Rod Reed waved the carrot in front of Rico Council.
At the time, Reed was the defensive coordinator for Tennessee State and he was recruiting Council, a promising middle linebacker out of Chattanooga. Trying to motivate Council to join the Tigers, Reed challenged Council by saying he could break the school records for tackles in a single season and a career.
Who owned those records? Reed. A former middle linebacker himself, he recorded an incredible 197 tackles as a senior in 1988. Reed, who will begin his second season as TSU’s head coach, finished his All-American career with 406 tackles.
“He sold that to me,” Council said. “So I wanted to come here and see what I could do and break his records.”
Five years later, Council has moved his way up the charts. After posting a career-high 79 tackles last year, he now ranks second at TSU with 209 career tackles.
“He told me that I wasn’t going to break them but I wanted to try to prove him wrong,” Council said. “I’m real far off. He had 197 in one season, so I am at least trying to catch up and make it look good.”
Council figures to be in the middle of what TSU hopes is a turnaround season, which begins on Sept. 3 against Southern at LP Field.
The 6-foot, 256-pound senior is one of six starters returning to the defense. His size, speed and strength are all reasons why he was named the Ohio Valley Conference’s preseason co-defensive player of the year on Monday, in conjunction with the league’s media day.
That same skill set could take him to the next level, according to his coach.
“I think he definitely has the build for it,” Reed said. “He’s fat to me. He is probably a little over 250 but he can run. He’ll strike you. He has a good nose for the football. I think a lot of scouts would be interested in his talent level.”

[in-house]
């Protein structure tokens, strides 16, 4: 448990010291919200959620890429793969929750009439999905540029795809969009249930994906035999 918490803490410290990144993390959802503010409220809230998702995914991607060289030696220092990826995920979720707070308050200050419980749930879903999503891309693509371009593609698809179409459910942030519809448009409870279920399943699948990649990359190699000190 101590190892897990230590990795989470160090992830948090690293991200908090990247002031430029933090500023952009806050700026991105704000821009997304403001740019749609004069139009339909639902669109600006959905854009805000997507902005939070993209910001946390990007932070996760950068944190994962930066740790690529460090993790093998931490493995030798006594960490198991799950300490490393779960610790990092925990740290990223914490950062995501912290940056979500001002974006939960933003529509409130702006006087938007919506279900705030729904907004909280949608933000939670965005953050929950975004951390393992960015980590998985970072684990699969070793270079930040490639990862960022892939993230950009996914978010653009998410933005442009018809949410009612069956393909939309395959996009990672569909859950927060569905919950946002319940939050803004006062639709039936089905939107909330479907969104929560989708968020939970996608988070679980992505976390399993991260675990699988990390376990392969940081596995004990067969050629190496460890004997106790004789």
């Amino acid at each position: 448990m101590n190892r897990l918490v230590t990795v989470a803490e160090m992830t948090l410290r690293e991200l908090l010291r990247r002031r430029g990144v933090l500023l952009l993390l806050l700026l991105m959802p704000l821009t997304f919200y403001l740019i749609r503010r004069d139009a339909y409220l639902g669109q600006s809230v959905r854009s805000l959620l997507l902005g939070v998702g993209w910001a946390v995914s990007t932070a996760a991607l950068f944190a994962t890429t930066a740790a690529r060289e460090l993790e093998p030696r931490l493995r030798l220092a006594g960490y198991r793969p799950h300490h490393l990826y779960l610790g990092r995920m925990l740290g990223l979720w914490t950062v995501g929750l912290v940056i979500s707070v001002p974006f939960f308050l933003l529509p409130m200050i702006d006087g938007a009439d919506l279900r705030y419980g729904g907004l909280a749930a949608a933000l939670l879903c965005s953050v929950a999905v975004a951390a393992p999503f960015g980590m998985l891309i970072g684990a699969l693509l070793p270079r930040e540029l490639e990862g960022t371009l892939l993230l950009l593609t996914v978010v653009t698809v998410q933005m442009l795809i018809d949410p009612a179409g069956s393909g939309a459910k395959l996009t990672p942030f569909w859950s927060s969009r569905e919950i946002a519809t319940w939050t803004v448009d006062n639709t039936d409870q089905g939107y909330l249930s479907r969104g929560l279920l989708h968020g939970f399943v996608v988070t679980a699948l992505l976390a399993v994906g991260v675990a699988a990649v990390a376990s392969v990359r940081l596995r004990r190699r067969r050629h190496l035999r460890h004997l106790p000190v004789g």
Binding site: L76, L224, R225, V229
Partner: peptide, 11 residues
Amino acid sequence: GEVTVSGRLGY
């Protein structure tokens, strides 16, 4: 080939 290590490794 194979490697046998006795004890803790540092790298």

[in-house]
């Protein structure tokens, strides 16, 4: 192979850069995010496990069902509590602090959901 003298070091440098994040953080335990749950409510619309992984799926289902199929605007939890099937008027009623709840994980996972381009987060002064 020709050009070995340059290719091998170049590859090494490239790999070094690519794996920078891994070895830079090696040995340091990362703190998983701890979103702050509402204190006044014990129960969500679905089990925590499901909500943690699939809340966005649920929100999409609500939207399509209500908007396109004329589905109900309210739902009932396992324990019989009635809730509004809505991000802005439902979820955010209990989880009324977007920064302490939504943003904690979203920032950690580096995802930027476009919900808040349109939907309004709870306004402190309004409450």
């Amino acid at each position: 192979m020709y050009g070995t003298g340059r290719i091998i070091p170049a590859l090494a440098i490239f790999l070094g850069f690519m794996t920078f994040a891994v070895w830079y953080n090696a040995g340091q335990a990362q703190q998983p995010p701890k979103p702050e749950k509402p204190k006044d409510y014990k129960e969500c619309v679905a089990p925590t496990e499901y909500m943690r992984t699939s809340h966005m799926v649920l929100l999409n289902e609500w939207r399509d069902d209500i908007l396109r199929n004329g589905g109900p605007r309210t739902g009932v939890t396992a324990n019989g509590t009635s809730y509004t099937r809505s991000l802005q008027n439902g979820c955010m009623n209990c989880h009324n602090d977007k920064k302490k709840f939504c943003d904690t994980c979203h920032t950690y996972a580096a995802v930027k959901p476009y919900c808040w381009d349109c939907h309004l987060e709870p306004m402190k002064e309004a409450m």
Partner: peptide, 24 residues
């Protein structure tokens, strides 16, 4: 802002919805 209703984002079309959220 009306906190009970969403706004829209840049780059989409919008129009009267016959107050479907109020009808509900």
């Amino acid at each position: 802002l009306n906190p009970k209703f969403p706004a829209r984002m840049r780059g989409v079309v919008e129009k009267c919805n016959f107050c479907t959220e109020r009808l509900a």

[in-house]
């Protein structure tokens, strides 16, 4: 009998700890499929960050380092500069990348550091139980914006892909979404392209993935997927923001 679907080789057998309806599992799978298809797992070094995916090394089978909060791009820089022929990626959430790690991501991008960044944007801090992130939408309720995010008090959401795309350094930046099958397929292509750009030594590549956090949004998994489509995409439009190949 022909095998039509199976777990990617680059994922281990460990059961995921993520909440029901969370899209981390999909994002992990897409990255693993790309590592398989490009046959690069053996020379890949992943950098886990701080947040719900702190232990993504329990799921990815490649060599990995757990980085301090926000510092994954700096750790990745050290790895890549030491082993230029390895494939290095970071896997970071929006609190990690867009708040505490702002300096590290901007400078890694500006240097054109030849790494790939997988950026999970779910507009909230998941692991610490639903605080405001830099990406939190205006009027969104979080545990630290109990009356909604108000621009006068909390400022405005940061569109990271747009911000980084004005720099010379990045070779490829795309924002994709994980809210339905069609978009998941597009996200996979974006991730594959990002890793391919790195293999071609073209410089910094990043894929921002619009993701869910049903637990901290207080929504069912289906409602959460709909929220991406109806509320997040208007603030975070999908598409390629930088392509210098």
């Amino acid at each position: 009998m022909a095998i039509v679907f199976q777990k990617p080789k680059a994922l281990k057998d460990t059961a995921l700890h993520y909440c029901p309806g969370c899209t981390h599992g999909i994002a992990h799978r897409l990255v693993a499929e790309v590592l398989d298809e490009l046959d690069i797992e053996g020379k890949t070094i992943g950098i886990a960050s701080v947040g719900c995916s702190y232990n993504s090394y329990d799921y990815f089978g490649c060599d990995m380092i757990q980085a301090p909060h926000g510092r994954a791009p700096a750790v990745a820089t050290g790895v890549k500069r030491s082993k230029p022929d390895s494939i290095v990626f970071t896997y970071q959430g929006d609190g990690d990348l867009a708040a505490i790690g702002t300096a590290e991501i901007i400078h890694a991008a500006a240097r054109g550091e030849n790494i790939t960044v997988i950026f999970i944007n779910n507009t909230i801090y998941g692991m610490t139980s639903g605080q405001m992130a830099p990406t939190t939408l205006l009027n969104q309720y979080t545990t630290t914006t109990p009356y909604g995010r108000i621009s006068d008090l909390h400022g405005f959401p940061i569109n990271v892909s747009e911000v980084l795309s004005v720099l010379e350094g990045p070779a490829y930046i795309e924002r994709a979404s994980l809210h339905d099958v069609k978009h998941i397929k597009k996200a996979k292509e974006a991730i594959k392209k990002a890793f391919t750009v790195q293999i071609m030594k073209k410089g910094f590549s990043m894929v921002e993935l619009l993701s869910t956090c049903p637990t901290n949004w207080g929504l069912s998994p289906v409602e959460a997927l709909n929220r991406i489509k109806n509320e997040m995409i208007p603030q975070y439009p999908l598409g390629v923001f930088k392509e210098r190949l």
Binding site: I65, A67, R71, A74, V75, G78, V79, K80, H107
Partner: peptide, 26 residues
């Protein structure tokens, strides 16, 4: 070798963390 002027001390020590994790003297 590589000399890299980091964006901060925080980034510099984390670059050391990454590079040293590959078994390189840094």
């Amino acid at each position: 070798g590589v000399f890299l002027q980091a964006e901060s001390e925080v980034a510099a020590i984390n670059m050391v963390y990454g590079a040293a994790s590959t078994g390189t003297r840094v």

At the current moment, Council is just interested in guiding the Tigers back to their winning ways.
TSU ended last fall on a six-game losing streak, finishing 3-8. If that wasn’t bad enough, the Tigers went 0-7 in OVC play for the first time since joining the league in 1986. League coaches and sports information directors couldn’t overlook that dubious record as they projected TSU to finish eighth out of nine teams.
“I’m surprised they put us eighth,” Council said. “I feel like nothing should be just given to anybody. By us not winning any games they put us where we deserved to be. We have to show them that we can play.”
To Reed, the Tigers could play with the conference’s best. They just couldn’t finish.
Defensive lapses doomed them as five of their losses were by less than seven points.
“We gave up a lot of big plays,” Reed said. “We have to eliminate the big play out of our defense. When I say big plays I’m talking about easy touchdowns, long passes… Southeast Missouri won the conference and they beat us 19-17 and we gave up 400 yards rushing, which is very uncharacteristic of a TSU defense. We have a few things that we need to work on, but I think that this team isn’t that far away.”
“As a defense, a big play kills all momentum,” Council added. “When I go out there my main objective is to eliminate the run. I don’t want to stop it; I want to eliminate it so it will be nonexistent. We just have to get to that mentality of it is either us or them.”
Before Council graduates in December with a degree in psychology, he’ll have one more shot at his coach’s records. But he’ll need a mammoth final season to surpass his coach.
Don’t challenge him, though.
“I put in a lot of hard work in the offseason,” he said. “So anything that comes my way, I won’t be surprised because I worked hard.”